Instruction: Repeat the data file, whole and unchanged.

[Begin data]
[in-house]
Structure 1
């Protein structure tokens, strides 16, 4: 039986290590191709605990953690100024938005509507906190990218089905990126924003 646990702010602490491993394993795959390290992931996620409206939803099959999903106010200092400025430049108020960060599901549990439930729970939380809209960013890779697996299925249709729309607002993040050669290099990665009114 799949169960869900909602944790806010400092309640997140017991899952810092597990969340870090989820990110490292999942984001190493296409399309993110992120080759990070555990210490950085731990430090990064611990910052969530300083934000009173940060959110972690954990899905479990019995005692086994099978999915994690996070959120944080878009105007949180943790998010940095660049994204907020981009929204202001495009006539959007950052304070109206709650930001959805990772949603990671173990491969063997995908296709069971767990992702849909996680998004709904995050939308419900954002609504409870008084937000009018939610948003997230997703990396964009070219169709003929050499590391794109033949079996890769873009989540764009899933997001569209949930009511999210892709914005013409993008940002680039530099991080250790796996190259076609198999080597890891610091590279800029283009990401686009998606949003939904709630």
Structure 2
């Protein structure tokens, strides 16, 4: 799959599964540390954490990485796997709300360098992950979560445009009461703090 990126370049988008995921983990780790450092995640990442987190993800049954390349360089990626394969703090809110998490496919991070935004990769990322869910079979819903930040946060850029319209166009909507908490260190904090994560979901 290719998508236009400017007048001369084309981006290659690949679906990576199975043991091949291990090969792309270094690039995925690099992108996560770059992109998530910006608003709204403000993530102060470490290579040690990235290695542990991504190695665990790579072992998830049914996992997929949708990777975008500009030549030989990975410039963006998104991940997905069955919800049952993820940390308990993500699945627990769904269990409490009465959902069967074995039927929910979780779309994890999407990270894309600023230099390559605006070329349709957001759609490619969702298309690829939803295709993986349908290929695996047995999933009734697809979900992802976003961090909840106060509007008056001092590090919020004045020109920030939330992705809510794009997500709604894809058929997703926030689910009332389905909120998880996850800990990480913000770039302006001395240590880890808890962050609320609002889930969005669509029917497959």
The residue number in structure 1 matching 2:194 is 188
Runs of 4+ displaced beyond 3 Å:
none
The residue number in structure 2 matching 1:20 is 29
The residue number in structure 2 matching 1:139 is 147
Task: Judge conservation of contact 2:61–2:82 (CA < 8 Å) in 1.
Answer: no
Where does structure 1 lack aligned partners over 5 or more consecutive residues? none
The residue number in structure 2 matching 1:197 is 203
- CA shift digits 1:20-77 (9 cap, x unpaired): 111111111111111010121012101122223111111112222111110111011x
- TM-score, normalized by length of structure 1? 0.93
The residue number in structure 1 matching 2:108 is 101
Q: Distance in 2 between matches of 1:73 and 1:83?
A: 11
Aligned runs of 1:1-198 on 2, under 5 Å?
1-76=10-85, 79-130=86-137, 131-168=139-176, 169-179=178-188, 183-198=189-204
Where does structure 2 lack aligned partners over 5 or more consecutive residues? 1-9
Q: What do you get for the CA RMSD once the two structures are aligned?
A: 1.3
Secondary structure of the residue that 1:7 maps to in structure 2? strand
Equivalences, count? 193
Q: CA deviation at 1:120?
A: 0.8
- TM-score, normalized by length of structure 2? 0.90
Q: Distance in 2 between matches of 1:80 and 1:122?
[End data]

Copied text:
[in-house]
Structure 1
């Protein structure tokens, strides 16, 4: 039986290590191709605990953690100024938005509507906190990218089905990126924003 646990702010602490491993394993795959390290992931996620409206939803099959999903106010200092400025430049108020960060599901549990439930729970939380809209960013890779697996299925249709729309607002993040050669290099990665009114 799949169960869900909602944790806010400092309640997140017991899952810092597990969340870090989820990110490292999942984001190493296409399309993110992120080759990070555990210490950085731990430090990064611990910052969530300083934000009173940060959110972690954990899905479990019995005692086994099978999915994690996070959120944080878009105007949180943790998010940095660049994204907020981009929204202001495009006539959007950052304070109206709650930001959805990772949603990671173990491969063997995908296709069971767990992702849909996680998004709904995050939308419900954002609504409870008084937000009018939610948003997230997703990396964009070219169709003929050499590391794109033949079996890769873009989540764009899933997001569209949930009511999210892709914005013409993008940002680039530099991080250790796996190259076609198999080597890891610091590279800029283009990401686009998606949003939904709630």
Structure 2
């Protein structure tokens, strides 16, 4: 799959599964540390954490990485796997709300360098992950979560445009009461703090 990126370049988008995921983990780790450092995640990442987190993800049954390349360089990626394969703090809110998490496919991070935004990769990322869910079979819903930040946060850029319209166009909507908490260190904090994560979901 290719998508236009400017007048001369084309981006290659690949679906990576199975043991091949291990090969792309270094690039995925690099992108996560770059992109998530910006608003709204403000993530102060470490290579040690990235290695542990991504190695665990790579072992998830049914996992997929949708990777975008500009030549030989990975410039963006998104991940997905069955919800049952993820940390308990993500699945627990769904269990409490009465959902069967074995039927929910979780779309994890999407990270894309600023230099390559605006070329349709957001759609490619969702298309690829939803295709993986349908290929695996047995999933009734697809979900992802976003961090909840106060509007008056001092590090919020004045020109920030939330992705809510794009997500709604894809058929997703926030689910009332389905909120998880996850800990990480913000770039302006001395240590880890808890962050609320609002889930969005669509029917497959």
The residue number in structure 1 matching 2:194 is 188
Runs of 4+ displaced beyond 3 Å:
none
The residue number in structure 2 matching 1:20 is 29
The residue number in structure 2 matching 1:139 is 147
Task: Judge conservation of contact 2:61–2:82 (CA < 8 Å) in 1.
Answer: no
Where does structure 1 lack aligned partners over 5 or more consecutive residues? none
The residue number in structure 2 matching 1:197 is 203
- CA shift digits 1:20-77 (9 cap, x unpaired): 111111111111111010121012101122223111111112222111110111011x
- TM-score, normalized by length of structure 1? 0.93
The residue number in structure 1 matching 2:108 is 101
Q: Distance in 2 between matches of 1:73 and 1:83?
A: 11
Aligned runs of 1:1-198 on 2, under 5 Å?
1-76=10-85, 79-130=86-137, 131-168=139-176, 169-179=178-188, 183-198=189-204
Where does structure 2 lack aligned partners over 5 or more consecutive residues? 1-9
Q: What do you get for the CA RMSD once the two structures are aligned?
A: 1.3
Secondary structure of the residue that 1:7 maps to in structure 2? strand
Equivalences, count? 193
Q: CA deviation at 1:120?
A: 0.8
- TM-score, normalized by length of structure 2? 0.90
Q: Distance in 2 between matches of 1:80 and 1:122?